As a strong-willed non-monogamous woman, there is nothing I dislike more than the thought of “asking for permission” in a relationship. I don’t want anyone to have control over what I do or who I do it with besides me. However, I used to confuse being honest, considerate and thoughtful with asking a partner for permission.
For instance, if I was attracted to someone new, I felt that telling my partner about the attraction before I acted on it was the same as crawling to him, my tail between my legs, to ask if it was OK with him if I connected with the new person. I felt I had the right to do whatever I wanted to do within our partnership agreements. So, I would act on my attractions, then tell my partner about it after the fact.
But this often caused him to feel blindsided. Then, his inevitable emotional reaction would cause me to feel that he was trying to control me.
After years of engaging in a pattern like this, I finally realized that not sharing openly and honestly about attractions before I act on them hurts not only my partners, but also myself.
When you are subconsciously ashamed of your desires to connect with others outside of your partnership, it inhibits you from being open and upfront about your attractions. This shame and nervousness will, in turn, cause your partner to become energetically nervous about your new attractions.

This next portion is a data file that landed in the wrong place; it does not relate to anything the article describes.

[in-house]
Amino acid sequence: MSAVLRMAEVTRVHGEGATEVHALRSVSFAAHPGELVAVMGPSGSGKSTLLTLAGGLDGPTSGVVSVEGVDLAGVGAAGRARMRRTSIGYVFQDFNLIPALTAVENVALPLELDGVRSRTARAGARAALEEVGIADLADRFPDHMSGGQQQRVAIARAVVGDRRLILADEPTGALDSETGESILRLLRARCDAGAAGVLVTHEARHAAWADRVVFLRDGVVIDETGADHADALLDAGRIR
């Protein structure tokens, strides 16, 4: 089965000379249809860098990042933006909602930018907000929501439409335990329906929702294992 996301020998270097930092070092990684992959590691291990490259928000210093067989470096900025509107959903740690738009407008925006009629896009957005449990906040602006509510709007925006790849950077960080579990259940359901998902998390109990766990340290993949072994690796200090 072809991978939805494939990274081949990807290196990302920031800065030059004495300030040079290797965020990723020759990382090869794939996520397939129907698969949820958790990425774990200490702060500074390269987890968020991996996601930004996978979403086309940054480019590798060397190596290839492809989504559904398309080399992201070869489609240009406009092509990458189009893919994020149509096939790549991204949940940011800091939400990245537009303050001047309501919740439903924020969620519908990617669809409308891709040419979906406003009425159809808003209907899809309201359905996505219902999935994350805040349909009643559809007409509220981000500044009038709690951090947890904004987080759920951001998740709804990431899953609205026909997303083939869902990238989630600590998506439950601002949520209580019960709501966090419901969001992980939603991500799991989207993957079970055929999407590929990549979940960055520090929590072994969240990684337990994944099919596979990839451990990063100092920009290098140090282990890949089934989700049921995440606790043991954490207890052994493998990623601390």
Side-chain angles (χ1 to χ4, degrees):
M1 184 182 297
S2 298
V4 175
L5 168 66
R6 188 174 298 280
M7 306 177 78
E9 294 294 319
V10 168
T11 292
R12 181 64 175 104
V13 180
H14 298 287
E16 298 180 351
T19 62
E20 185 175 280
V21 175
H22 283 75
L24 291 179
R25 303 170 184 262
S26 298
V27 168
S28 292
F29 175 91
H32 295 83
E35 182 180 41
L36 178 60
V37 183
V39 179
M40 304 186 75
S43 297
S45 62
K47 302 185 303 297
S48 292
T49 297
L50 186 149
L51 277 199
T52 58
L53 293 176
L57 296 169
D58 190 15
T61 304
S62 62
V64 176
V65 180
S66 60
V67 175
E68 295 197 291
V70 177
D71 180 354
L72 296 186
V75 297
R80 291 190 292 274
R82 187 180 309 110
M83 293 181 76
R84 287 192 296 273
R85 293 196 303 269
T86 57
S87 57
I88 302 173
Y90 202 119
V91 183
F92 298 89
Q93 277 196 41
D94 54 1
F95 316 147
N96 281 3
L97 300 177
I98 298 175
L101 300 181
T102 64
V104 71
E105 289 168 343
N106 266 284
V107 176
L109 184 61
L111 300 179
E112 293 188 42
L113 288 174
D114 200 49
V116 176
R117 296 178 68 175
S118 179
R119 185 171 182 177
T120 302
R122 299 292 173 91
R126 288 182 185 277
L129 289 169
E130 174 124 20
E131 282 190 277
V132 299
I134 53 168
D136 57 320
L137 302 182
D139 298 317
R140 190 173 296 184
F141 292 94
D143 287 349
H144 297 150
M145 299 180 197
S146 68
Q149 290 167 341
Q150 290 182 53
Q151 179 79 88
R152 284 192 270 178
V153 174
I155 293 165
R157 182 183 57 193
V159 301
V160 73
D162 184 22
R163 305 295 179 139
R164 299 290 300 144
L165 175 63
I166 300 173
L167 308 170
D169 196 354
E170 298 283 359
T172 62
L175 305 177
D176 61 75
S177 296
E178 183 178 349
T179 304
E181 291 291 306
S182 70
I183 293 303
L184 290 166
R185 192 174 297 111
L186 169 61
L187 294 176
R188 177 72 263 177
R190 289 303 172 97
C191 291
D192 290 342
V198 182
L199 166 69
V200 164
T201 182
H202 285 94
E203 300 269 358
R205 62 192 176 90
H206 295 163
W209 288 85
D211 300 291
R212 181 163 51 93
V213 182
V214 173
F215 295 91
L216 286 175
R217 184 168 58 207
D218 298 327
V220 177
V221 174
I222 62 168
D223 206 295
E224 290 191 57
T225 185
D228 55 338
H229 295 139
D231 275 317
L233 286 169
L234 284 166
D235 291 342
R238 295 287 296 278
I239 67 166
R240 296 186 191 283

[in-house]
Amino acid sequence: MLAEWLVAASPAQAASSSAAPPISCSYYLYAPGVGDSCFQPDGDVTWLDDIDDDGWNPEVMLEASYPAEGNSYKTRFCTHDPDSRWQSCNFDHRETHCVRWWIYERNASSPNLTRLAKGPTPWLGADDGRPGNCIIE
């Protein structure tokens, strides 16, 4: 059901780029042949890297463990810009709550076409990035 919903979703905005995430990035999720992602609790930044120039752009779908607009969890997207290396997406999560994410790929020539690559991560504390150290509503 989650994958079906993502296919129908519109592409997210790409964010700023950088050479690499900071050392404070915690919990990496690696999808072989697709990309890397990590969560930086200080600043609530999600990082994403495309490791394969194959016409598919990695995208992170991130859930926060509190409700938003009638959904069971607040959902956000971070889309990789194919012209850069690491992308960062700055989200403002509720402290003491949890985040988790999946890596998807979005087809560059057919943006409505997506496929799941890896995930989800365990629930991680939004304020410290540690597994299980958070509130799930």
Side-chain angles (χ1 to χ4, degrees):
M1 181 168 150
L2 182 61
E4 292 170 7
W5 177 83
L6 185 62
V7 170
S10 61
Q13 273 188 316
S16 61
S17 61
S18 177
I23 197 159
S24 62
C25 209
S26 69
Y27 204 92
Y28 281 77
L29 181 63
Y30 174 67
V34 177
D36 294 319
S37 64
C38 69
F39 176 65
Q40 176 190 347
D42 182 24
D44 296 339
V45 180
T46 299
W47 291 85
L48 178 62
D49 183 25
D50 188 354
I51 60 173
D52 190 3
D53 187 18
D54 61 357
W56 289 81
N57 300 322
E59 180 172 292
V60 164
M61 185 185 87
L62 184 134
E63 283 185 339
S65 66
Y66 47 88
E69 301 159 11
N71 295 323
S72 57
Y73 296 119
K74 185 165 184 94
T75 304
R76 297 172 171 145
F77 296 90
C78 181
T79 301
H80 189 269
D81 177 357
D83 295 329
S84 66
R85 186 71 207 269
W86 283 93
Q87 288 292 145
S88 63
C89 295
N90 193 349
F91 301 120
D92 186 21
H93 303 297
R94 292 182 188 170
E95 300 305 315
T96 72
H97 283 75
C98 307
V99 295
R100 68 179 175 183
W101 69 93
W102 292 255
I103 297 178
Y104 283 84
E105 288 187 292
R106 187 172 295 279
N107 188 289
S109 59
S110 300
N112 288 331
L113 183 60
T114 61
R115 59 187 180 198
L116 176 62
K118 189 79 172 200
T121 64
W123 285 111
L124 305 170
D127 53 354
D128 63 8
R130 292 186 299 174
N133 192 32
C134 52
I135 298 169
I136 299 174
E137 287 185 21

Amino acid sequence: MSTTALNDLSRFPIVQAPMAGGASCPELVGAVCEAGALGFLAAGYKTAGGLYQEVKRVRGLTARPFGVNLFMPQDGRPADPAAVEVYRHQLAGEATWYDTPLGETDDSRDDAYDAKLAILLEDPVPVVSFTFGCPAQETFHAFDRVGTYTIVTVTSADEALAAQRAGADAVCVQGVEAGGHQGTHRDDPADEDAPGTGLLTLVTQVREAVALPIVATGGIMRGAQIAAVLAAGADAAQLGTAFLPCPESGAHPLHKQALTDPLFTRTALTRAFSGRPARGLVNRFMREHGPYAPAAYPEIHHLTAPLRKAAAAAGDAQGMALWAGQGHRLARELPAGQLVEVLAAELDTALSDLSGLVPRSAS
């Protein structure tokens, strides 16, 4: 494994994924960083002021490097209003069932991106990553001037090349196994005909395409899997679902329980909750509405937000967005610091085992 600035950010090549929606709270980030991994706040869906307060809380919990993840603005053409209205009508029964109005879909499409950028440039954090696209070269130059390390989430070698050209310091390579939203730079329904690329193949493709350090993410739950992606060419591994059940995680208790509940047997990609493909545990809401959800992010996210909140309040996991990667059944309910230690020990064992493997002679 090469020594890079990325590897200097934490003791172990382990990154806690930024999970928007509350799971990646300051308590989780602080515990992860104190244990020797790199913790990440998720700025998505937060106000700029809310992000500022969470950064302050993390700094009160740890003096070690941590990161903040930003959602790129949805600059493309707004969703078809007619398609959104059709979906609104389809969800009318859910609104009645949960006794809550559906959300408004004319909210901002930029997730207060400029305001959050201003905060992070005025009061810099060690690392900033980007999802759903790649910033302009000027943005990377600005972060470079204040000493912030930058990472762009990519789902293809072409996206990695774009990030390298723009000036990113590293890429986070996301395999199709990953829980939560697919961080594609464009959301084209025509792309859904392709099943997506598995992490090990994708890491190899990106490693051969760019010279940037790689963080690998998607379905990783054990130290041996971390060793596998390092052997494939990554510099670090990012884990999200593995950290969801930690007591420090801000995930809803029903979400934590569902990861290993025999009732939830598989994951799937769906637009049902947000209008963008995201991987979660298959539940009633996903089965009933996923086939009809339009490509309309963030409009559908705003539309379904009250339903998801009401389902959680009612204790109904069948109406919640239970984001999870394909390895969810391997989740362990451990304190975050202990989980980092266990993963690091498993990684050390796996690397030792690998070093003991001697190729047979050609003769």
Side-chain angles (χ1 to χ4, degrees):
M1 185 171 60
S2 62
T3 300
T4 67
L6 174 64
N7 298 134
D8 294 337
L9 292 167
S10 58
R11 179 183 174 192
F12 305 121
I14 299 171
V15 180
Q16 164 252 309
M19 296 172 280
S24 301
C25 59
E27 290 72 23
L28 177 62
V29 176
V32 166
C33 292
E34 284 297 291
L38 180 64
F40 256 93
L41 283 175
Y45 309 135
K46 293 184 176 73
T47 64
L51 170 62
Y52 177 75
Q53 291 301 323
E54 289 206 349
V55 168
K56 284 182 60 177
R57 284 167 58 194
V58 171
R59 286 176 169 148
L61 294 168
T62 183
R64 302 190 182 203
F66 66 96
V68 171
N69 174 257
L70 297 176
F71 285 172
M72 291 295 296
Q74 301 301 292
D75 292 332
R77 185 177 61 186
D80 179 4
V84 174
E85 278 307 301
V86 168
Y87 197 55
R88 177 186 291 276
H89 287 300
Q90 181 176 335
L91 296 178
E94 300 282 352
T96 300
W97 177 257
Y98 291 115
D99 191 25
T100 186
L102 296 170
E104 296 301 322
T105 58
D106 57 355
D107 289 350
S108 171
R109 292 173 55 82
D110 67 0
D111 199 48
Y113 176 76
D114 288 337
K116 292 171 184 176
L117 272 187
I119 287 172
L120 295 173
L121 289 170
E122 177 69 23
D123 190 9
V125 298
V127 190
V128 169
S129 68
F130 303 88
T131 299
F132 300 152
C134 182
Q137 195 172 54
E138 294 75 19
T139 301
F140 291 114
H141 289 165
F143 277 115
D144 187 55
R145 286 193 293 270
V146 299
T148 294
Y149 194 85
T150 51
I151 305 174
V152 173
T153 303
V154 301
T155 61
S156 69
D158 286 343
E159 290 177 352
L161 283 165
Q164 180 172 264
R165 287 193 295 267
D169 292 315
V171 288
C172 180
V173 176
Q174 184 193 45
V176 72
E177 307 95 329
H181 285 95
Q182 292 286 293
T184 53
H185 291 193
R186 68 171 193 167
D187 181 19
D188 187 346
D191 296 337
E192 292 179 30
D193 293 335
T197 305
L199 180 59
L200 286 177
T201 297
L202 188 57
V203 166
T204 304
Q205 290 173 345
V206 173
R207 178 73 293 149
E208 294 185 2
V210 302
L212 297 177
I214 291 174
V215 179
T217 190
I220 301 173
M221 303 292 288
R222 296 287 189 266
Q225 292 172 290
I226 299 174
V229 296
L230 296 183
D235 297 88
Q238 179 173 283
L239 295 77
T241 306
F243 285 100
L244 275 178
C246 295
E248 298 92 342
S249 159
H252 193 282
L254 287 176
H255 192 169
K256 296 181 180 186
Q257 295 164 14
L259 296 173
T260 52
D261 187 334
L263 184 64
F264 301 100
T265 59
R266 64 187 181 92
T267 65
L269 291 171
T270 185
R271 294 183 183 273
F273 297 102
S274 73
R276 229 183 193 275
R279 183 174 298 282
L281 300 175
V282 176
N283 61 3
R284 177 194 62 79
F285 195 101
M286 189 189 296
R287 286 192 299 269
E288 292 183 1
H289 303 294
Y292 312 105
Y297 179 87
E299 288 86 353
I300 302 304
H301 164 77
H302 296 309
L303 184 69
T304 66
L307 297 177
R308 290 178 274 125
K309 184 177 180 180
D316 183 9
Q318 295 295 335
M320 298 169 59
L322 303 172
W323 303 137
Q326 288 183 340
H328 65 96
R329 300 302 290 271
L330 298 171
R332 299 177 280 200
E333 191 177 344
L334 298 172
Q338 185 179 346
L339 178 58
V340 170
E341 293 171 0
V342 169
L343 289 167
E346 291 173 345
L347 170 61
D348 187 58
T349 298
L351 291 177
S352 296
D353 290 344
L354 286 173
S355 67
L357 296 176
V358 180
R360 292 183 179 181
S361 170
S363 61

Don’t let yourself be ashamed of who you are and what you want.
To truly honor your partner AND yourself, share your joy (and gently welcome his or her emotional reaction, whatever that might be) when new attractions come up for you. No need to cringe while doing so! You have a right to your feelings and to being 100% yourself.
If you are at ease with your feelings, your partner will most likely respond to them with grace, even if not totally easy for them to hear. (If they don’t respond with grace, you and your partner might have a values mismatch, and it’s time to examine if your partnership is aligned.)
Saying, “I’m having a new connection and I want to acknowledge and hold space for your feelings about it,” shows a tremendous amount of consideration and love for your partner—and it’s not the same as asking for their permission!
Photo by James Hosler